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Microbial Ecology

, Volume 54, Issue 2, pp 232–241 | Cite as

Effects of Experimental Lead Pollution on the Microbial Communities Associated with Sphagnum fallax (Bryophyta)

  • H. Nguyen-VietEmail author
  • D. Gilbert
  • E. A. D. Mitchell
  • P.-M. Badot
  • N. Bernard
Article

Abstract

Ecotoxicological studies usually focus on single microbial species under controlled conditions. As a result, little is known about the responses of different microbial functional groups or individual species to stresses. In an aim to assess the response of complex microbial communities to pollution in their natural habitat, we studied the effect of a simulated lead pollution on the microbial community (bacteria, cyanobacteria, protists, fungi, and micrometazoa) living on Sphagnum fallax. Mosses were grown in the laboratory with 0 (control), 625, and 2,500 μg L−1 of Pb2+ diluted in a standard nutrient solution and were sampled after 0, 6, 12, and 20 weeks. The biomasses of bacteria, microalgae, testate amoebae, and ciliates were dramatically and significantly decreased in both Pb addition treatments after 6, 12, and 20 weeks in comparison with the control. The biomass of cyanobacteria declined after 6 and 12 weeks in the highest Pb treatment. The biomasses of fungi, rotifers, and nematodes decreased along the duration of the experiment but were not significantly affected by lead addition. Consequently, the total microbial biomass was lower for both Pb addition treatments after 12 and 20 weeks than in the controls. The community structure was strongly modified due to changes in the densities of testate amoebae and ciliates, whereas the relative contribution of bacteria to the microbial biomass was stable. Differences in responses among the microbial groups suggest changes in the trophic links among them. The correlation between the biomass of bacteria and that of ciliates or testate amoebae increased with increasing Pb loading. We interpret this result as an effect on the grazing pathways of these predators and by the Pb effect on other potential prey (i.e., smaller protists). The community approach used here complements classical ecotoxicological studies by providing clues to the complex effect of pollutant-affecting organisms both directly and indirectly through trophic effects and could potentially find applications for pollution monitoring.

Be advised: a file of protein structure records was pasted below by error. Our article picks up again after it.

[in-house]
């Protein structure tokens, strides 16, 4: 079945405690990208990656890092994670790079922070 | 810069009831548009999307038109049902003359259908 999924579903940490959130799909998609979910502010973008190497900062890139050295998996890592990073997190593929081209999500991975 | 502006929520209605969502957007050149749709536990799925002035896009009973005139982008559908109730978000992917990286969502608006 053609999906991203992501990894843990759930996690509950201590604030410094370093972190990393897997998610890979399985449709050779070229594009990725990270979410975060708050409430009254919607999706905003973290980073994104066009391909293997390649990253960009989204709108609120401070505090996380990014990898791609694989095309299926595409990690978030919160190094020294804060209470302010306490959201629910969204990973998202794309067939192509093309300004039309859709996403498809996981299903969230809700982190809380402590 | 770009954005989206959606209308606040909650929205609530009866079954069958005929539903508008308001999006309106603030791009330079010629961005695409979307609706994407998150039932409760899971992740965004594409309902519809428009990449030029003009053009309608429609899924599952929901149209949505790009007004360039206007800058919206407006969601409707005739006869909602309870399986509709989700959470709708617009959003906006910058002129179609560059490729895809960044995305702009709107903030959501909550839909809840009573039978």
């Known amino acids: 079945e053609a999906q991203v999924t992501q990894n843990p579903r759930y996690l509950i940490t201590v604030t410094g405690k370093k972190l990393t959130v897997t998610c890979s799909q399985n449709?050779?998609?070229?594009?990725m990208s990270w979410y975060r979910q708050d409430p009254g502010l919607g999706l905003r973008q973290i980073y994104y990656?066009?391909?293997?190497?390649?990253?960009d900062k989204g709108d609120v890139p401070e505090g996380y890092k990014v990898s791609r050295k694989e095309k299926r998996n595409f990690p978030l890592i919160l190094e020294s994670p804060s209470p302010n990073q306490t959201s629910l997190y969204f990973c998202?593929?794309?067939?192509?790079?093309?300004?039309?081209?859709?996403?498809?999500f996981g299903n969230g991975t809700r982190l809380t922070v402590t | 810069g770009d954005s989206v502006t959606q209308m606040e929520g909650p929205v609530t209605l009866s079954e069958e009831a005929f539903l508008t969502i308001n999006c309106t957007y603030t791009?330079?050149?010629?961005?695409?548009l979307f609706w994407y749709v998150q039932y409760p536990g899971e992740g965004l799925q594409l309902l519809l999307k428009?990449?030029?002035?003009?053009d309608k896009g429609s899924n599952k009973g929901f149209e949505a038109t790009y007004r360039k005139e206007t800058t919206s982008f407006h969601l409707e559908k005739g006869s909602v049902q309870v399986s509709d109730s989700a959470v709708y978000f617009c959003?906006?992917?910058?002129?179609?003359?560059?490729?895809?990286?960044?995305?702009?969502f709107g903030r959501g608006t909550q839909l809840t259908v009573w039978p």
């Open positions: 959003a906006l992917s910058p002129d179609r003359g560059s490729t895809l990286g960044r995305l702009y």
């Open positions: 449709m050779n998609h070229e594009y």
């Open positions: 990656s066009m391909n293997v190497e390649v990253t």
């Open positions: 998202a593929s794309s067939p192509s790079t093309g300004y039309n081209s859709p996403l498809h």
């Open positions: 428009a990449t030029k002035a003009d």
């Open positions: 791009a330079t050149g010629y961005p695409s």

Keywords

Microbial Community Microalgae Microbial Group Total Microbial Biomass Testate Amoeba 
These keywords were added by machine and not by the authors. This process is experimental and the keywords may be updated as the learning algorithm improves.

Notes

Acknowledgments

We thank Marie-Laure Toussaint for her assistance in Pb analysis, Stéphanie Nicopoulos for determining cyanobacterial species, and Dominique Rieffel for nematode measurement. We express our acknowledgements to Michael Coeurdassier, Jérôme Cortet, and Renaud Scheifler for giving comments to improve the experimental design and helpful discussion throughout the work. Jyrki Jauhianen (University of Helsinki, Finland), Catherine Rausch, and Sandrine Gombert (Muséum National d’Histoire Naturelle de Paris, France) are acknowledged for discussion on Sphagnum growth and supplying references on this issue. We thank the two anonymous reviewers for helpful comments on an earlier version of the manuscript. H. Nguyen-Viet has been supported by the University of Franche-Comté through a temporary lecturer contract (2004–2006) and by the European Science Foundation through an exchange grant (program RSTCB, ESF, 2006). E. Mitchell was at the University of Alaska Anchorage at the onset of this experiment and was later supported by the Swiss contribution to EU project RECIPE (no. EVK2-2002-00269).

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Copyright information

© Springer Science+Business Media, LLC 2007

Authors and Affiliations

  • H. Nguyen-Viet
    • 1
    Email author
  • D. Gilbert
    • 1
  • E. A. D. Mitchell
    • 2
  • P.-M. Badot
    • 1
  • N. Bernard
    • 1
  1. 1.Laboratory of Environmental Biology, USC INRA, EA 3184University of Franche-ComtéBesançonFrance
  2. 2.Department of Public Health and EpidemiologySwiss Tropical InstituteBaselSwitzerland

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